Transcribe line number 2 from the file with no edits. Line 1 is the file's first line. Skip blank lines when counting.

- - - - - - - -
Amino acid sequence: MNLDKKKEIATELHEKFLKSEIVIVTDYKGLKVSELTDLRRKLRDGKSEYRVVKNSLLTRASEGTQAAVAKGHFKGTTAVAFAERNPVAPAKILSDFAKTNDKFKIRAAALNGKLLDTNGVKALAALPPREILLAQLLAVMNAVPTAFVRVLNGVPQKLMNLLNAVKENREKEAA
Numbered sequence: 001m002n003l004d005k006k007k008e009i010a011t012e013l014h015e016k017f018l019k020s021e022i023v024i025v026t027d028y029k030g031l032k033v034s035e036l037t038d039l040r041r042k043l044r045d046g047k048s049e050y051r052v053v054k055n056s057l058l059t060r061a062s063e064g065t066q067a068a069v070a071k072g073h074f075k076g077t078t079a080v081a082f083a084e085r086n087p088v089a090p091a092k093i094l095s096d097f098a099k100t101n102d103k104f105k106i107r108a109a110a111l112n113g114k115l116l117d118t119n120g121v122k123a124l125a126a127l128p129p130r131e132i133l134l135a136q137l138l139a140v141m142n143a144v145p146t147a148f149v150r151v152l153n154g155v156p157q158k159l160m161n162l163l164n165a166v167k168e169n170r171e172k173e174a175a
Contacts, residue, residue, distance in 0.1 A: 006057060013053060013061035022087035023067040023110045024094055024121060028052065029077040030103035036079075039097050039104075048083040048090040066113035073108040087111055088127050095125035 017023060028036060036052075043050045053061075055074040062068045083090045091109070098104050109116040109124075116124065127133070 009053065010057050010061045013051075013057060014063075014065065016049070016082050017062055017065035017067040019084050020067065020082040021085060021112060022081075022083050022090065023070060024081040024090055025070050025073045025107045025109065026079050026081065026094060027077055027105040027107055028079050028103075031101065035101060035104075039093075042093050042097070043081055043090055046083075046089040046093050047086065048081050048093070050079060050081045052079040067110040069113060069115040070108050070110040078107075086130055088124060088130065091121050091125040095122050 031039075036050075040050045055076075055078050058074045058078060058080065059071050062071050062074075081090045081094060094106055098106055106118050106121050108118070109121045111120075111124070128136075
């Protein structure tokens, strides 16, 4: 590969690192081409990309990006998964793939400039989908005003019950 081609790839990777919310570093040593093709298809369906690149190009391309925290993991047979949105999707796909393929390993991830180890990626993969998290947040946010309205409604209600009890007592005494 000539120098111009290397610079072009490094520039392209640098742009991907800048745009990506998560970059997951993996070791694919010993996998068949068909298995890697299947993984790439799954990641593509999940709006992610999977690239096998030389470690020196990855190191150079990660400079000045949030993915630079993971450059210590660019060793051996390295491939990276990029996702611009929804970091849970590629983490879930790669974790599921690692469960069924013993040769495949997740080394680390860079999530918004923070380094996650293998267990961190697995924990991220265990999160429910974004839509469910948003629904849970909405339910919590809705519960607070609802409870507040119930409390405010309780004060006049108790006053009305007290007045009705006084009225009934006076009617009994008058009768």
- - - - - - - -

Numbered sequence: 001m002n003l004d005k006k007k008e009i010a011t012e013l014h015e016k017f018l019k020s021e022i023v024i025v026t027d028y029k030g031l032k033v034s035e036l037t038d039l040r041r042k043l044r045d046g047k048s049e050y051r052v053v054k055n056s057l058l059t060r061a062s063e064g065t066q067a068a069v070a071k072g073h074f075k076g077t078t079a080v081a082f083a084e085r086n087p088v089a090p091a092k093i094l095s096d097f098a099k100t101n102d103k104f105k106i107r108a109a110a111l112n113g114k115l116l117d118t119n120g121v122k123a124l125a126a127l128p129p130r131e132i133l134l135a136q137l138l139a140v141m142n143a144v145p146t147a148f149v150r151v152l153n154g155v156p157q158k159l160m161n162l163l164n165a166v167k168e169n170r171e172k173e174a175a